1. Sint

Re: Sint

BUMP! Trailer!

Dit wordt vette shit! Nog een paar daagjes, dan draait ie in de bios! :D
  • BUMP! Trailer!

    Dit wordt vette shit! Nog een paar daagjes, dan draait ie in de bios! :D
  • Leuk voor op basisscholen :)

    Ben wel benieuwd. Met Dick Maas kan het alle kanten op (behalve de goeie :'D). Bier-flick.
  • De art is nu al het bruutste aan Sint _O_
  • Ik ook! Die poster ook. Gruwelijk!

    http://94.100.121.139/1122750001-112280 ... _jtT1.jpeg
  • Ik heb hier echt zin an :]
  • Hahaha te vet; die kennis die aan De schaduw van Bonifatius heeft meegewerkt qua Visual Effects, werkt ook mee aan Sint :D
  • Het is gewoon zo'n slechte cult horror film waar je over 20 jaar van wilt kunnen zeggen dat je hem in de bioscoop hebt gezien.

    Lol, die status gaat de film echt niet halen. Deze zal snel vergeten worden <img alt=":D" src="/plugins/sceditor/emoticons/grin.png" />

    No way! Het is Dick Maas man, die gast maakt de meest fucking cheesy films, maar zijn altijd vermakelijk. Als 'ie net zo goed wordt als Intensive Care: http://www.youtube.com/watch?v=2ASNUbmV1S0&amp;
    Dan: hulde! _O_
  • Het is gewoon zo'n slechte cult horror film waar je over 20 jaar van wilt kunnen zeggen dat je hem in de bioscoop hebt gezien.

    Lol, die status gaat de film echt niet halen. Deze zal snel vergeten worden :D
  • Het is gewoon zo'n slechte cult horror film waar je over 20 jaar van wilt kunnen zeggen dat je hem in de bioscoop hebt gezien.
    De meeste cult horror films zijn niet slecht (dingen als Silent Night, Deadly Night en Santa's Slay zijn uitzonderingen)
  • Must-see!
  • Die reakties ook onder die trailer:

    Ja, laten we vooral onze aandacht richten op de gewelddadigheid van mensen, en daarvoor het laatste stukje heiligheid gebruiken dat&#65279; er nog is in dit land. Als dit soort films gemeengoed worden -en dat zijn ze helaas al- dan zal het wel goed komen met de mensheid. Inmiddels wordt mij wel duidelijk dat niet alleen Hollywood, maar ook de Nederlandse filmwereld illuminati-gecontroleerd is. Het enige dat je nog te&#65279; zien krijgt is stront, geweldpleging en narigheid…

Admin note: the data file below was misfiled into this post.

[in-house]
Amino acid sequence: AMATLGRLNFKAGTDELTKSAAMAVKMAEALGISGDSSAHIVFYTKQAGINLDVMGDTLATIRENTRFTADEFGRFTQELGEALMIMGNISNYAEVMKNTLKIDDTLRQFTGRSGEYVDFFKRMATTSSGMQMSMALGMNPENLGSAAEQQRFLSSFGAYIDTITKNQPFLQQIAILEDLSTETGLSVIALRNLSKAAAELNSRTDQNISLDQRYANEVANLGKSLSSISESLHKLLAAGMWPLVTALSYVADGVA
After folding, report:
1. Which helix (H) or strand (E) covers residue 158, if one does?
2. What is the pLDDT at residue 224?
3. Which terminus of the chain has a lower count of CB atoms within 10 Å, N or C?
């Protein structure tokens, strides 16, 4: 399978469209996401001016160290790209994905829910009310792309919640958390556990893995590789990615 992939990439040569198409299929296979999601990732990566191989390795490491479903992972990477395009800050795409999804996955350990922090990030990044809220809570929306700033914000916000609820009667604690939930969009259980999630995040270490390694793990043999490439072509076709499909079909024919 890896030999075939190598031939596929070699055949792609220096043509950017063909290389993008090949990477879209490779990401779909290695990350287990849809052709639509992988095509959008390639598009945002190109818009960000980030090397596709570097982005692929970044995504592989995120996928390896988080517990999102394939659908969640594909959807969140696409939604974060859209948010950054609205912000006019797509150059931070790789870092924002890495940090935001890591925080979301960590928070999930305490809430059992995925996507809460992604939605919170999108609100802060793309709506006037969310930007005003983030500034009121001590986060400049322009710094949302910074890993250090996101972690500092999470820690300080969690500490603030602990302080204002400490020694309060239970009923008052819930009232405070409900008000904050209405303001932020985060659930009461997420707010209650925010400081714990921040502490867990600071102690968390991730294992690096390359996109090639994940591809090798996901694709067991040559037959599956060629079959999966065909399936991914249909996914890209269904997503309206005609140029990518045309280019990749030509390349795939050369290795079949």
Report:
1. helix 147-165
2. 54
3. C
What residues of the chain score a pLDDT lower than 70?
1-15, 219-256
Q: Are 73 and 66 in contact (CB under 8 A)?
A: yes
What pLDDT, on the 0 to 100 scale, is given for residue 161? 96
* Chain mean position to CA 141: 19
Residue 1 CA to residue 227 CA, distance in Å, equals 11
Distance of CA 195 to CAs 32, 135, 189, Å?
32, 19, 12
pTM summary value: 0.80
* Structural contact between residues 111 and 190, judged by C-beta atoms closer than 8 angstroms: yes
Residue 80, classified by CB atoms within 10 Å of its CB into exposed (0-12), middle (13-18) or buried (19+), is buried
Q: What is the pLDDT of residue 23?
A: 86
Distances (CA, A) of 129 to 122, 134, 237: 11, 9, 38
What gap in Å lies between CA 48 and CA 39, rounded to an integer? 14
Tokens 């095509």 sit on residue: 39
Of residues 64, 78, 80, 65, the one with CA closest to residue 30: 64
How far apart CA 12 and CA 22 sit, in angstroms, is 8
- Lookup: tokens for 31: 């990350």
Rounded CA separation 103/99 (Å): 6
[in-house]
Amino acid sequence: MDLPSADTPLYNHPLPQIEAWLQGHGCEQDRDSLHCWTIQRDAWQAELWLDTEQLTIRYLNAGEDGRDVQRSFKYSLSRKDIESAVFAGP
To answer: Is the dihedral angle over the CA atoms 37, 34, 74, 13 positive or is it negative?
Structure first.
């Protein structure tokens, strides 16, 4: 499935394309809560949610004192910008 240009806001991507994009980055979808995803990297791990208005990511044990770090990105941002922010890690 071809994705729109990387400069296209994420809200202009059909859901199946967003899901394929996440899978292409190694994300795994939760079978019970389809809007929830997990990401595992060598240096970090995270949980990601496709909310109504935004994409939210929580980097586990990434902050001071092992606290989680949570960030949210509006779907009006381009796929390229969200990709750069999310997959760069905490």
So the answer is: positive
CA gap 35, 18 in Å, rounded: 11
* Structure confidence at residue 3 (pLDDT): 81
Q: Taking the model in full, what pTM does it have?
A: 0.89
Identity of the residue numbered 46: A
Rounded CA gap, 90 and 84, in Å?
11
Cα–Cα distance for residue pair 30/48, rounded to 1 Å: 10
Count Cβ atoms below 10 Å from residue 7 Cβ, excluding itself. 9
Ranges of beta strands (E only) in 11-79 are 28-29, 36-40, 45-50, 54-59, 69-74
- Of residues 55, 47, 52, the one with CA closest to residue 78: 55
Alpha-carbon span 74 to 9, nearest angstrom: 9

:lol: _O-


    Hahaha, echt sommige mensen.
  • Die reakties ook onder die trailer:

    Ja, laten we vooral onze aandacht richten op de gewelddadigheid van mensen, en daarvoor het laatste stukje heiligheid gebruiken dat&#65279; er nog is in dit land. Als dit soort films gemeengoed worden -en dat zijn ze helaas al- dan zal het wel goed komen met de mensheid. Inmiddels wordt mij wel duidelijk dat niet alleen Hollywood, maar ook de Nederlandse filmwereld illuminati-gecontroleerd is. Het enige dat je nog te&#65279; zien krijgt is stront, geweldpleging en narigheid…

    :lol: _O-
  • Toffe Flodder referentie ook in de trailer :lol:
  • Hoop echt dat ze er flink wat gore nog in doen :) Tot nu toe ga ik hem zeker zien!
  • Het is gewoon zo'n slechte cult horror film waar je over 20 jaar van wilt kunnen zeggen dat je hem in de bioscoop hebt gezien.
  • Film wordt zo slecht dat ik hem wil zien. Dat idee heb ik er bij.
  • Hahaha wat slecht!
    maar wil em zeker zien, best een awesome idee.
    Zeker van al die evil kerstmannen films gejat.
    Ik wil em wel zien deze.:lol:
    Ook al is het om te lachen om de slechtheid van de film.
  • Ziet er best epic uit :]
  • Film wordt bruut.
  • Most people can agree on what Santa Claus looks like – jolly, with a red suit and a white beard. But he did not always look that way, and Coca-Cola® advertising actually helped shape this modern-day image of Santa.

    2006 marked the 75th anniversary of the famous Coca-Cola Santa Claus. Starting in 1931, magazine ads for Coca-Cola featured St. Nick as a kind, jolly man in a red suit. Because magazines were so widely viewed, and because this image of Santa appeared for more than three decades, the image of Santa most people have today is largely based on our advertising.

    Before the 1931 introduction of the Coca-Cola Santa Claus created by artist Haddon Sundblom, the image of Santa ranged from big to small and fat to tall. Santa even appeared as an elf and looked a bit spooky.

    Through the centuries, Santa Claus has been depicted as everything from a tall gaunt man to an elf. He has worn a bishop's robe and a Norse huntsman's animal skin. The modern-day Santa Claus is a combination of a number of the stories from a variety of countries.

    The Civil War cartoonist Thomas Nast drew Santa Claus for Harper's Weekly in 1862; Santa was shown as a small elf-like figure who supported the Union. Nast continued to draw Santa for 30 years and along the way changed the color of his coat from tan to the now traditional red. Though some people believe the Coca-Cola Santa wears red because that is the Coke® color, the red suit comes from Nast's interpretation of St. Nick.

    The Coca-Cola Company began its Christmas advertising in the 1920s with shopping-related ads in magazines like The Saturday Evening Post. The first Santa ads used a strict-looking Claus, in the vein of Thomas Nast.

    At this time, many people thought of Coca-Cola as a drink only for warm weather. The Coca-Cola Company began a campaign to remind people that Coca-Cola was a great choice in any month. This began with the 1922 slogan &quot;Thirst Knows No Season,&quot; and continued with a campaign connecting a true icon of winter – Santa Claus – with the beverage.

    In 1930, artist Fred Mizen painted a department store Santa in a crowd drinking a bottle of Coke. The ad featured the world's largest soda fountain, which was located in the department store of Famous Barr Co. in St. Louis, Mo. Mizen's painting was used in print ads that Christmas season, appearing in The Saturday Evening Post in December 1930.